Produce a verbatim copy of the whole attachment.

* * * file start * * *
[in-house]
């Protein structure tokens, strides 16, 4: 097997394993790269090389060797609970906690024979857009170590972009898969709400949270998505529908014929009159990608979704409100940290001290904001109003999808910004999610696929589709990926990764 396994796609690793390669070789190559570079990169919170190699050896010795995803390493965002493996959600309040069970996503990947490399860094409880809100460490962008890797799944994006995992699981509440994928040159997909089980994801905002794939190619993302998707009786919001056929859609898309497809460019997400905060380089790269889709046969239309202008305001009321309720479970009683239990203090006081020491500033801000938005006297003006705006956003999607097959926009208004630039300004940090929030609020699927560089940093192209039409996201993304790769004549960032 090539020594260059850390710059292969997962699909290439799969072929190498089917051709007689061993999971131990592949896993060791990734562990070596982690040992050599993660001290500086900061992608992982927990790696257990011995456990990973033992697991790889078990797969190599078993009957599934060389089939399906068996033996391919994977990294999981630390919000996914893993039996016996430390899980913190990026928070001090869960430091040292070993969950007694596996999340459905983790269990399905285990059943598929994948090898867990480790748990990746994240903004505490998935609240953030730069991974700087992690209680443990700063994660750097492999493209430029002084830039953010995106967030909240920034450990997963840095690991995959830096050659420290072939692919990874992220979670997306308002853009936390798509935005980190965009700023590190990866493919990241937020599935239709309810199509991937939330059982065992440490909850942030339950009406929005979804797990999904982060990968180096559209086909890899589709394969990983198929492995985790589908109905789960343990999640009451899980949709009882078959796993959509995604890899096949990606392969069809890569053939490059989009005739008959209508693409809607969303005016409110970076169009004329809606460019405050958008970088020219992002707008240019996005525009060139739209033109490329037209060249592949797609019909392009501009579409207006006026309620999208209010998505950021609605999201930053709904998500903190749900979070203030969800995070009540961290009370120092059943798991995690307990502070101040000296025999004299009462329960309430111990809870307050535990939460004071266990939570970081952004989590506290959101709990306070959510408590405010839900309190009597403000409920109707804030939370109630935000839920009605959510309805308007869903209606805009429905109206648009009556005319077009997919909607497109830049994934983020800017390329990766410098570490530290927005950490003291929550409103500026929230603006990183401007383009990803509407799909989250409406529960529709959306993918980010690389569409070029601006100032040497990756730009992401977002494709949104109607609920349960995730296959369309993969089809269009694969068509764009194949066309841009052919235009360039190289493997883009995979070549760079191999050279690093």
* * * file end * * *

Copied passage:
[in-house]
């Protein structure tokens, strides 16, 4: 097997394993790269090389060797609970906690024979857009170590972009898969709400949270998505529908014929009159990608979704409100940290001290904001109003999808910004999610696929589709990926990764 396994796609690793390669070789190559570079990169919170190699050896010795995803390493965002493996959600309040069970996503990947490399860094409880809100460490962008890797799944994006995992699981509440994928040159997909089980994801905002794939190619993302998707009786919001056929859609898309497809460019997400905060380089790269889709046969239309202008305001009321309720479970009683239990203090006081020491500033801000938005006297003006705006956003999607097959926009208004630039300004940090929030609020699927560089940093192209039409996201993304790769004549960032 090539020594260059850390710059292969997962699909290439799969072929190498089917051709007689061993999971131990592949896993060791990734562990070596982690040992050599993660001290500086900061992608992982927990790696257990011995456990990973033992697991790889078990797969190599078993009957599934060389089939399906068996033996391919994977990294999981630390919000996914893993039996016996430390899980913190990026928070001090869960430091040292070993969950007694596996999340459905983790269990399905285990059943598929994948090898867990480790748990990746994240903004505490998935609240953030730069991974700087992690209680443990700063994660750097492999493209430029002084830039953010995106967030909240920034450990997963840095690991995959830096050659420290072939692919990874992220979670997306308002853009936390798509935005980190965009700023590190990866493919990241937020599935239709309810199509991937939330059982065992440490909850942030339950009406929005979804797990999904982060990968180096559209086909890899589709394969990983198929492995985790589908109905789960343990999640009451899980949709009882078959796993959509995604890899096949990606392969069809890569053939490059989009005739008959209508693409809607969303005016409110970076169009004329809606460019405050958008970088020219992002707008240019996005525009060139739209033109490329037209060249592949797609019909392009501009579409207006006026309620999208209010998505950021609605999201930053709904998500903190749900979070203030969800995070009540961290009370120092059943798991995690307990502070101040000296025999004299009462329960309430111990809870307050535990939460004071266990939570970081952004989590506290959101709990306070959510408590405010839900309190009597403000409920109707804030939370109630935000839920009605959510309805308007869903209606805009429905109206648009009556005319077009997919909607497109830049994934983020800017390329990766410098570490530290927005950490003291929550409103500026929230603006990183401007383009990803509407799909989250409406529960529709959306993918980010690389569409070029601006100032040497990756730009992401977002494709949104109607609920349960995730296959369309993969089809269009694969068509764009194949066309841009052919235009360039190289493997883009995979070549760079191999050279690093």